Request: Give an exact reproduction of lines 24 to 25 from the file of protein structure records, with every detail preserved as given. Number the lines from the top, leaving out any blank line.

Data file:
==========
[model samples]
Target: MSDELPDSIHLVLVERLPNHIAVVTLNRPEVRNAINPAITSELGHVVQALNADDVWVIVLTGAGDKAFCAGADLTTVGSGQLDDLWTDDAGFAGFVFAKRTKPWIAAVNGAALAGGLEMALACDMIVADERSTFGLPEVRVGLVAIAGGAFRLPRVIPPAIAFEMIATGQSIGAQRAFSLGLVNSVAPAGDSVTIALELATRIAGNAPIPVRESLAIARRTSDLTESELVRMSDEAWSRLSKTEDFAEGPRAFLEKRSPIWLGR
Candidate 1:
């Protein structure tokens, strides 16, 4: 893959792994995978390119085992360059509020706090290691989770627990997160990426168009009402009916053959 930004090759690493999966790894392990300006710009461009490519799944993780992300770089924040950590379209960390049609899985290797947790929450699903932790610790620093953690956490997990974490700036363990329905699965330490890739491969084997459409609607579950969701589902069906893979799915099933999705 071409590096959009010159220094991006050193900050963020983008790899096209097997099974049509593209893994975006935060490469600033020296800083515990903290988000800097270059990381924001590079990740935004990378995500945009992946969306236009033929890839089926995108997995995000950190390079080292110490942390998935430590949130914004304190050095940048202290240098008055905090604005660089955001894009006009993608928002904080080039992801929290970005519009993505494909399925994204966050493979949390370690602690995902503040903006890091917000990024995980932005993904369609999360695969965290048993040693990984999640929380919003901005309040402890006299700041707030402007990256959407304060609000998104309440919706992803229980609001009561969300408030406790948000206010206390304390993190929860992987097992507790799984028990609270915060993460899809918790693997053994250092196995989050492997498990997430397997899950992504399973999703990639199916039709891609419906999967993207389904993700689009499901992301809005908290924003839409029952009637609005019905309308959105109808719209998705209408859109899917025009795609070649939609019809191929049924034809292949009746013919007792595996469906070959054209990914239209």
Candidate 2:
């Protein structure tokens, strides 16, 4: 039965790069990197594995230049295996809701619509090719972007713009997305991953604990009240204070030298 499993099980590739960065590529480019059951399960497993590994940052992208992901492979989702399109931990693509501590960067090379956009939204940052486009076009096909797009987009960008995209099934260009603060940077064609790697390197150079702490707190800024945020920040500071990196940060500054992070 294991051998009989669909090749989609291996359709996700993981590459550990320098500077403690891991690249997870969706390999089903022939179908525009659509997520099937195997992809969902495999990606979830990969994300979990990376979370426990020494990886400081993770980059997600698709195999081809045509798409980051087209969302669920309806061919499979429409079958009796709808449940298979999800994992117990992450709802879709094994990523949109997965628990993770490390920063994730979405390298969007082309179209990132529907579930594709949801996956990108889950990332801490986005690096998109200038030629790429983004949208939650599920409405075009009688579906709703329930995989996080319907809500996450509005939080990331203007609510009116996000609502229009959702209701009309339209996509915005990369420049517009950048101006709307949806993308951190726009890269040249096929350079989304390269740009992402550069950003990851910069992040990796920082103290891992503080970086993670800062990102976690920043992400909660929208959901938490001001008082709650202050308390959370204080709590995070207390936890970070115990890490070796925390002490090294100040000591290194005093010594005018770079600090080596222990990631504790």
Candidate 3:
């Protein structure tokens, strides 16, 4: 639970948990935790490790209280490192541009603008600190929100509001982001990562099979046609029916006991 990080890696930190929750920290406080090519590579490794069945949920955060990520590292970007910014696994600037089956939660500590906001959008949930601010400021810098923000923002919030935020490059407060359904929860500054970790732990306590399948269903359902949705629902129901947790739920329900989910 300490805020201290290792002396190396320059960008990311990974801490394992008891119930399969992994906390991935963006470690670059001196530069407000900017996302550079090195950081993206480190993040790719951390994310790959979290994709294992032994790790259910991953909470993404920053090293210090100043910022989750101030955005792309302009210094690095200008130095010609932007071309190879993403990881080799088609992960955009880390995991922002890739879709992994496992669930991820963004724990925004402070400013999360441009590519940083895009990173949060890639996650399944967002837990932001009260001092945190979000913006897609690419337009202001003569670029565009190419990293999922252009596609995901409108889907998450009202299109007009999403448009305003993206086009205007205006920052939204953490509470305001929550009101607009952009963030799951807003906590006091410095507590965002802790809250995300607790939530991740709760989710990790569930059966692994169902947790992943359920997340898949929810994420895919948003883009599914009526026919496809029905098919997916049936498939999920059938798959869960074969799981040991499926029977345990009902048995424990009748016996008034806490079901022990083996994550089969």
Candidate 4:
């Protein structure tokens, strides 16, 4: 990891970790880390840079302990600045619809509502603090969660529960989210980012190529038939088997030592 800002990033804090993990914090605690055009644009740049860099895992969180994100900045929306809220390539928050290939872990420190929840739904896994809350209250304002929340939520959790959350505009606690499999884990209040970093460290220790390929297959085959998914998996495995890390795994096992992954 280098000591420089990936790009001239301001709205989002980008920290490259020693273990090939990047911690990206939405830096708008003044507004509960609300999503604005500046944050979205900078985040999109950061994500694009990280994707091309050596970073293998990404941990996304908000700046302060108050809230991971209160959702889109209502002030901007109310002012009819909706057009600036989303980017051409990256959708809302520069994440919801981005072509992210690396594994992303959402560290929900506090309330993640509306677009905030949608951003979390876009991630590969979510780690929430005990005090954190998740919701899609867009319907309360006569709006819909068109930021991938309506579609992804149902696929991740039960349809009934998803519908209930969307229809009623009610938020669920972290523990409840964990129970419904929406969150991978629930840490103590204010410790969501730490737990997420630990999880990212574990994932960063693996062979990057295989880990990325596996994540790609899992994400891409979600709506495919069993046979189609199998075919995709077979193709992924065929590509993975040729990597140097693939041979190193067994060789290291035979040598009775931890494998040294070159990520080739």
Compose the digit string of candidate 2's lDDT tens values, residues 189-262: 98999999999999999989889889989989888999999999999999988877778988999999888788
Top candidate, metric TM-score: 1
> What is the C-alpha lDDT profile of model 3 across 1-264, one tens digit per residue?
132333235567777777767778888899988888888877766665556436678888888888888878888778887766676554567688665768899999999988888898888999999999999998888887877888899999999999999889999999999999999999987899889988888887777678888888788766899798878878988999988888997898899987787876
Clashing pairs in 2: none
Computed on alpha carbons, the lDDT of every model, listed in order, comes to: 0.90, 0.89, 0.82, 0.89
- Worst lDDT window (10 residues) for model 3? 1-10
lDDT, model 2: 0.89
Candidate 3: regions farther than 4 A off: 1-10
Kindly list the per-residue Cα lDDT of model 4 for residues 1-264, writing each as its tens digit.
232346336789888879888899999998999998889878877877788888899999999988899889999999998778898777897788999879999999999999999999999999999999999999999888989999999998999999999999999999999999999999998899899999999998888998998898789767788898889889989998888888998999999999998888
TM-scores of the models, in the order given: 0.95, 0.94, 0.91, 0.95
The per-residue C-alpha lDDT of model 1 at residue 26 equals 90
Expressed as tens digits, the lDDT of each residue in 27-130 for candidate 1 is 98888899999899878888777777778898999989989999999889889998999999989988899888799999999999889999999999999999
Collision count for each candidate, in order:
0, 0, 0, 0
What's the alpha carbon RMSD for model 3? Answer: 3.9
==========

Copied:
Expressed as tens digits, the lDDT of each residue in 27-130 for candidate 1 is 98888899999899878888777777778898999989989999999889889998999999989988899888799999999999889999999999999999
Collision count for each candidate, in order: